Tim was not in contact with Evan before the FCG and their relationship had broken down. In addition, Tim’s relationship with Evan’s social worker had been poor. Yet, Tim engaged with the FGC process and there is now a plan in place for increased contact with his son, Evan.
Part of the role of the FCG coordinator is to contact the wider family network, this allows for the identification of previously unrecognised strengths within the family. Strengthening and utilising this extended network can reduce the risks for the child within the family. In the case example, increasing the family network to include Tim (Evan’s father), Jean (Evan’s grandmother) and Charlie (Evan’s Uncle), allowed him to stay within his family. In child welfare practice there has been an historical emphasis on the mother as the primary care giver for the child; fathers have been less visible as has their involved in child welfare decision making (Nygren et al., 2019). Fathers contribution to the positive and protective effect on a child’s educational, psychological and behavioural outcomes are well documented (Clapton, 2017). The involvement of Tim in Evan’s family meetings is an important example of how FGC process can support the involvement of fathers in child welfare decision making.
At the heart of FGC practice is community empowerment and building family resilience. These values are even more important to families during this time of limited external support and service provision. By working flexibly to meet the needs of families we can help them to draw on the strength of people within their wider circle, building resilience to deal with issues and problems as they arise.
While many of us have worked hard to make sure our FGC services are embedded in child care and protection processes there is a risk, as lockdown continues, that we are overwhelmed with emergency cases. We need to consider the impact of COVID on the rights of children and their families. Working with families in crisis may lead to a stronger focus of service led outcomes, such as keeping children out of care, although essential, this could potentially result in us losing sight of the transformational changes that may happen for families through the FCG process, including their right to be involved in decisions affecting their lives (Mitchell, 2019).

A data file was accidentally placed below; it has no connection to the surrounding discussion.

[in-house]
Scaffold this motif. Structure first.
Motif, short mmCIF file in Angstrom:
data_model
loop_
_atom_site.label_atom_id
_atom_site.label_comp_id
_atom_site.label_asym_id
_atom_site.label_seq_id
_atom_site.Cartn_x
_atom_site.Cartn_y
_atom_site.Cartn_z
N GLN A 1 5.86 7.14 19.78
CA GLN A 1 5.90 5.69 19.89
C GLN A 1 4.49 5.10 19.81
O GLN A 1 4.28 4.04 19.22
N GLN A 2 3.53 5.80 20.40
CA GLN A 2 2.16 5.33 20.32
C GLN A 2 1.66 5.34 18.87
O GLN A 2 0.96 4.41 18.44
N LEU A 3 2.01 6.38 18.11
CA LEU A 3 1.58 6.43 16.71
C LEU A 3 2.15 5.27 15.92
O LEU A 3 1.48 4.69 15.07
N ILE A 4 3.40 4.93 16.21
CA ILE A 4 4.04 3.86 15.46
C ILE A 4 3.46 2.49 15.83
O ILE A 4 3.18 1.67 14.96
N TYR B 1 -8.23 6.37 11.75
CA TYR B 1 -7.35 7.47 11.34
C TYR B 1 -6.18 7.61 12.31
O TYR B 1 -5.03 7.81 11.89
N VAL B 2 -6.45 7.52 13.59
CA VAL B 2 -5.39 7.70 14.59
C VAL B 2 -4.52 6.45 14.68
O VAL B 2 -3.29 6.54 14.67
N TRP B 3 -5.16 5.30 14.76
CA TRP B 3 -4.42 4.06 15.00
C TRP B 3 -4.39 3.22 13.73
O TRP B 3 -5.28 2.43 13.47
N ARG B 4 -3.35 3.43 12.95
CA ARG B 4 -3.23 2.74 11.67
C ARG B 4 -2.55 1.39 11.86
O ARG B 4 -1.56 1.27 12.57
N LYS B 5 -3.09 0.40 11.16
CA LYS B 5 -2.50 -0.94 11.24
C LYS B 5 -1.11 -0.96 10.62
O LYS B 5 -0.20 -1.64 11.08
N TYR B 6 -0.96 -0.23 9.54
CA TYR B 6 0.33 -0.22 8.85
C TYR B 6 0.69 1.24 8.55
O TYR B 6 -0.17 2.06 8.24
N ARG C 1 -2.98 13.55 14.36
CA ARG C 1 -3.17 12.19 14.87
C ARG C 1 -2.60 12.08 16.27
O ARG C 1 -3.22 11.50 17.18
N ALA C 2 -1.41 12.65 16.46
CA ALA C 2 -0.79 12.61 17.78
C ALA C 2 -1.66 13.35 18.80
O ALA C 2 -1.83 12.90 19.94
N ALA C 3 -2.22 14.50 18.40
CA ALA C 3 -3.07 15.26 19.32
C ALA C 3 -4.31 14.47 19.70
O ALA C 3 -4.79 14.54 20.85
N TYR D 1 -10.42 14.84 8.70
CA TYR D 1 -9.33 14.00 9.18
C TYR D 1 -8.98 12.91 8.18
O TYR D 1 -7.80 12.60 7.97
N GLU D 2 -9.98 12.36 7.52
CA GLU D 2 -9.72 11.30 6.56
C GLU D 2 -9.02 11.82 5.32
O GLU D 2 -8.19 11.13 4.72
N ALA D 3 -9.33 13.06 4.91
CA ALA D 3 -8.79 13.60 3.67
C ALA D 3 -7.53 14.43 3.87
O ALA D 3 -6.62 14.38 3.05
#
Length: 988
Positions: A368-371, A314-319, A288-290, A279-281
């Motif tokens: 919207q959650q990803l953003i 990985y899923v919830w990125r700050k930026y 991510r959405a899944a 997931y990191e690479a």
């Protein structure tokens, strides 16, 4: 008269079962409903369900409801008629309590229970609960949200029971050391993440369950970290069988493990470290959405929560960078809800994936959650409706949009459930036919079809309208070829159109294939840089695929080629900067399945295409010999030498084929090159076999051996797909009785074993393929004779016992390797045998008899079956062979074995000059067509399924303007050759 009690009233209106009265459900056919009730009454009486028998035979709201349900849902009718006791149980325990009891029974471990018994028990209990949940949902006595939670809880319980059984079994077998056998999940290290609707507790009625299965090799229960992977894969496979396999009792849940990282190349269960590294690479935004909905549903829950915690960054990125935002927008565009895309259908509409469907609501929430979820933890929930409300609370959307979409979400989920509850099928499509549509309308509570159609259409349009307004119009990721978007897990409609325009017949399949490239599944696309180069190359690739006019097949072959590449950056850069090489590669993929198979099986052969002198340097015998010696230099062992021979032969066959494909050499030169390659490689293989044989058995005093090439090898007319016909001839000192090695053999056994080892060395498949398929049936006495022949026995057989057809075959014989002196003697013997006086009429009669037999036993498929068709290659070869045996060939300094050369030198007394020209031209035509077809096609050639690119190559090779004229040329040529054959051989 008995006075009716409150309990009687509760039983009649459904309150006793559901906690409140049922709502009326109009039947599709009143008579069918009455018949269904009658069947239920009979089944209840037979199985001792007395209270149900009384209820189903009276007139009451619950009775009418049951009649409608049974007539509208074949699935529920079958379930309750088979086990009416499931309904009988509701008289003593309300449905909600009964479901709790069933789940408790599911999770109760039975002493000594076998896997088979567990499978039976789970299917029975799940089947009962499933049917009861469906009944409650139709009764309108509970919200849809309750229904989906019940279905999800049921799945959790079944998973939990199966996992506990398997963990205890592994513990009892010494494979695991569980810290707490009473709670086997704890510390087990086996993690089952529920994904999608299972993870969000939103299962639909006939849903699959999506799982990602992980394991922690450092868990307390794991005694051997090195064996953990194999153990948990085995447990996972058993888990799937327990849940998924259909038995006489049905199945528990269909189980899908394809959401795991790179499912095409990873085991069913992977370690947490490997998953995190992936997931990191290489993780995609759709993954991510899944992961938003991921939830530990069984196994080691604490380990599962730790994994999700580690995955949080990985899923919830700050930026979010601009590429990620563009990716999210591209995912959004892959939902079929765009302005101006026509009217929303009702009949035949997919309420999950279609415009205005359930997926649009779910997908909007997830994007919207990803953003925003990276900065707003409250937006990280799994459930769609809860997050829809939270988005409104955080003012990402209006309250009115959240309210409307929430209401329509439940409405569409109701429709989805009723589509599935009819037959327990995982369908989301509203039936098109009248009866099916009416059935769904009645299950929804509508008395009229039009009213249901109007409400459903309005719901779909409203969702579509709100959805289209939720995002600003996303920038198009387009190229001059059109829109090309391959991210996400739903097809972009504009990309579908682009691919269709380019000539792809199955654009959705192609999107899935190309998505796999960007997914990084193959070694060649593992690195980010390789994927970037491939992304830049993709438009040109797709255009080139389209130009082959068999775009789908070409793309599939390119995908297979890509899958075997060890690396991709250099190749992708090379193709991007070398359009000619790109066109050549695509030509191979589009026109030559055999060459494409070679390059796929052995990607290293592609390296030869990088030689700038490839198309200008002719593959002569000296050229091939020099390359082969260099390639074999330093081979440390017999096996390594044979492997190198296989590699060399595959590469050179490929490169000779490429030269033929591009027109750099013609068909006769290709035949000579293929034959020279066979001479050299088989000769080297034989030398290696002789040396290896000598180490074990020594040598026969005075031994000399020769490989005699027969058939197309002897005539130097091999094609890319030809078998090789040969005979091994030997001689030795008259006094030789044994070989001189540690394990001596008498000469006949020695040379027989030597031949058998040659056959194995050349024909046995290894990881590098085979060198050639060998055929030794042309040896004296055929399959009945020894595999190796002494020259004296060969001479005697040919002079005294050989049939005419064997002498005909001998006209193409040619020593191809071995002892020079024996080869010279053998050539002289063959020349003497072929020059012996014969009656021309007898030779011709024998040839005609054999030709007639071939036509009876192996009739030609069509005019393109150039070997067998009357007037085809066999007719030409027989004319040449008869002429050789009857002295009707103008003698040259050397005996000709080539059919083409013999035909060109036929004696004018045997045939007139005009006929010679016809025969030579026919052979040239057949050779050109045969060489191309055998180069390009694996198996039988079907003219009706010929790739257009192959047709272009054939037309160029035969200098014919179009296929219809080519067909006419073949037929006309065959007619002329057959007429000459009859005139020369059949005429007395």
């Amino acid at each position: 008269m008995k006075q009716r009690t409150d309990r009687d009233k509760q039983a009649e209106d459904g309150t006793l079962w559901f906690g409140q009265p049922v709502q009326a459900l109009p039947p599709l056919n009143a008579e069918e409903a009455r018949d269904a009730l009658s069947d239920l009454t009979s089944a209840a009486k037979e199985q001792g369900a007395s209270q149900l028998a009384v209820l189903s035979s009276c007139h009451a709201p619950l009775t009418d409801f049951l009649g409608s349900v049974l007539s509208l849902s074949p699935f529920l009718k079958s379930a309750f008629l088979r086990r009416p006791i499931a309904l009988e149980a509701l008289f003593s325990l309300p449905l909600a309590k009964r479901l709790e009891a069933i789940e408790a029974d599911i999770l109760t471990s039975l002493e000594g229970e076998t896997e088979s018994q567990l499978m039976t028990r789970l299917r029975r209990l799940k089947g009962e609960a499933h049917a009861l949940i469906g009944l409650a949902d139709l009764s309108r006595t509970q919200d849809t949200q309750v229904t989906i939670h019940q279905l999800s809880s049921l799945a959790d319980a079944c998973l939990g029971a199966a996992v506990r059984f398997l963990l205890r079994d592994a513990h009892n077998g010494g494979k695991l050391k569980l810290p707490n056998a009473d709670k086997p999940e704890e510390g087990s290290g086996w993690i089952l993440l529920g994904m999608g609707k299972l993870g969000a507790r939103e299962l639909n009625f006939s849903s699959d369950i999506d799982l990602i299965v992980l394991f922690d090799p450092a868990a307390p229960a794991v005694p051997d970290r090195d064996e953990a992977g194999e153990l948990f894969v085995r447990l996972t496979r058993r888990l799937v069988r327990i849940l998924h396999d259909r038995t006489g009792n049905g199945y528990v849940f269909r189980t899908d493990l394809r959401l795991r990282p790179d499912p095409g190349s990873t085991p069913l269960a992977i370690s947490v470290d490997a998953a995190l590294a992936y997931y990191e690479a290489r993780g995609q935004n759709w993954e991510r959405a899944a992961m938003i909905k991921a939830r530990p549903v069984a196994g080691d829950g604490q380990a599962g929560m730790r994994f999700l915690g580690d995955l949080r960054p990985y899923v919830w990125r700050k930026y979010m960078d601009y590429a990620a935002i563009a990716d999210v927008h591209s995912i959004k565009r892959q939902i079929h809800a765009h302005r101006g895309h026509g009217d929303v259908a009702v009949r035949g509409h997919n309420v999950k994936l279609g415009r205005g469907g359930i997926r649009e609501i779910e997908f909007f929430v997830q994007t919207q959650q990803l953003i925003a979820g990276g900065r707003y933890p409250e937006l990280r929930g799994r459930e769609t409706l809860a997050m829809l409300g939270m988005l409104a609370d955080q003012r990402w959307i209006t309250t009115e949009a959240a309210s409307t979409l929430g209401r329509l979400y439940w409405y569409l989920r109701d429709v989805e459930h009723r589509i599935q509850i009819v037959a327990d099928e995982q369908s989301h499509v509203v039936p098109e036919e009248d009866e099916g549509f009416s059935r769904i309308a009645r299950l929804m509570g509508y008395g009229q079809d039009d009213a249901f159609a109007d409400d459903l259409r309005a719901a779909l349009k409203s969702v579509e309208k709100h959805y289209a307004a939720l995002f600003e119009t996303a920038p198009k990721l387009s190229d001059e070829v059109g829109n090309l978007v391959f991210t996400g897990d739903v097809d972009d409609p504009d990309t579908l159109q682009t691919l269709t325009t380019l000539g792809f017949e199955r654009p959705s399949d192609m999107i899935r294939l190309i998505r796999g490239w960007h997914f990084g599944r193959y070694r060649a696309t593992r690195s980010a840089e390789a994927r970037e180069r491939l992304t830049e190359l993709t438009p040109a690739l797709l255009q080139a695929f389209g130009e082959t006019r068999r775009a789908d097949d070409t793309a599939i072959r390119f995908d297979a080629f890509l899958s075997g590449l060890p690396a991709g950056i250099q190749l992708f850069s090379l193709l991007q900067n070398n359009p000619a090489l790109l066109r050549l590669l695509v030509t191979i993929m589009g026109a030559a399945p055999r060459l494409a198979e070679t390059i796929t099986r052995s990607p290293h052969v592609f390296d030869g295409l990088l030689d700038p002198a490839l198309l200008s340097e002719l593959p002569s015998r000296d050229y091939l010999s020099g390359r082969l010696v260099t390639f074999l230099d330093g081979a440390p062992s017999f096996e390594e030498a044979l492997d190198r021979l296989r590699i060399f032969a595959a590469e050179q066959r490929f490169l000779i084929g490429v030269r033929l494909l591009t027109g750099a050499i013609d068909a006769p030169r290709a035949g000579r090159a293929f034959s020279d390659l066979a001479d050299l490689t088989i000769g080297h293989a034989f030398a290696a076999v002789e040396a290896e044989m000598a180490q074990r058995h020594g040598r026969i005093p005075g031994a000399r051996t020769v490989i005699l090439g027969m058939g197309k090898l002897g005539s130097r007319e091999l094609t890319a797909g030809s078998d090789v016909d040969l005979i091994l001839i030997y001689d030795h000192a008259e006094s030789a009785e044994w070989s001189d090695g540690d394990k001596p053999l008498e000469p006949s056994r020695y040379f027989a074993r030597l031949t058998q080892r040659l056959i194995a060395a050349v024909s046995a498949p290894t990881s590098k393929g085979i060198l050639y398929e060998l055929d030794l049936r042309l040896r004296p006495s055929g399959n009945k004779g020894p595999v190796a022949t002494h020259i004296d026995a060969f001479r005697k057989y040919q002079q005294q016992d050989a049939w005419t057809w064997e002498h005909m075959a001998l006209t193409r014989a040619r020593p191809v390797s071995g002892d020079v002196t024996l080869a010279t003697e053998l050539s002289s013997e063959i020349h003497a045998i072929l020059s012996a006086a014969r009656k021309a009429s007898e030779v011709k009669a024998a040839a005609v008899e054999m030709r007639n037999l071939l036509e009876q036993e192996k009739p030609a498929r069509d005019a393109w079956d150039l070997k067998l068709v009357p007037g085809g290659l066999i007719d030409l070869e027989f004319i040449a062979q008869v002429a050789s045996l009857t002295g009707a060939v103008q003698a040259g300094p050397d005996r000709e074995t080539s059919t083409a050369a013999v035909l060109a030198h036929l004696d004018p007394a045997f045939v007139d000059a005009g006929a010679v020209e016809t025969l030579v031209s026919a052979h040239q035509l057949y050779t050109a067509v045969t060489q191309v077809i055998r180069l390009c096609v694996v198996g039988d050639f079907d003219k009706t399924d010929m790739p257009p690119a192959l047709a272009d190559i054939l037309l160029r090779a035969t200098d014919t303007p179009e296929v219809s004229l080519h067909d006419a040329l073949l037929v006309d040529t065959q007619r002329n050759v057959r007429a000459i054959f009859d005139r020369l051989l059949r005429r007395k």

We don’t know how long these changes to service provision will last, supports and decision-making platforms will not return to ‘normal’ for the foreseeable future. In order to ensure we are keeping the rights of children and their families at the centre of practice and decision making, we need to adapt how we engage and build relationships with families. FGC is a model which can support imaginative and resourceful working with families in these restricted times.
We have seen during lockdown that FGC can support family’s views being heard and be given the opportunity to create their own plan and provide an alternative to an emergency foster placement. In Scotland, we need to take seriously that FGC is stated as a preferred method for supporting children and their families in decision making in both the Children and Young Persons Act (2014) and The Promise. More generally, FGC can offer a solution to some of the difficulties we may all be having supporting families right to be involved in decision making.
Mary Mitchell : firstname.lastname@example.org
Sara Ali: email@example.com
Clapton G. (2017) Good practice with fathers in children and family services. Insight, 38. (accessed 22.6.2020).
Connolly M. (2005) Fifteen Years of Family Group Conferencing: Coordinators Talk About Their Experiences in Aotearoa New Zealand. British Journal of Social Work 36: 523-540.
Mitchell M. (2018) Re-imagining Family Group Conferencing ‘Outcomes’. School of Social and Polictical Science Edinburgh: University of Edinburgh.
Mitchell M. (2019) Reimagining child welfare outcomes: Learning from Family Group Conferencing. Child & Family Social Work.
Morris K and Connolly M. (2012) Family decision making in child welfare: challenges in developing a knowledge base for practice. Child Abuse Review 21: 41-52.
Nygren K, Walsh J, Ellingsen I, et al. (2019) What about the fathers? The presence and absence of the father in social work practice in England, Ireland, Norway, and Sweden—A comparative study. Child and Family Social Work: 144-155.
The Scottish Government (2020) The Promise. Scotland.
 FGC is also known as Family Group Decision Making in Scotland.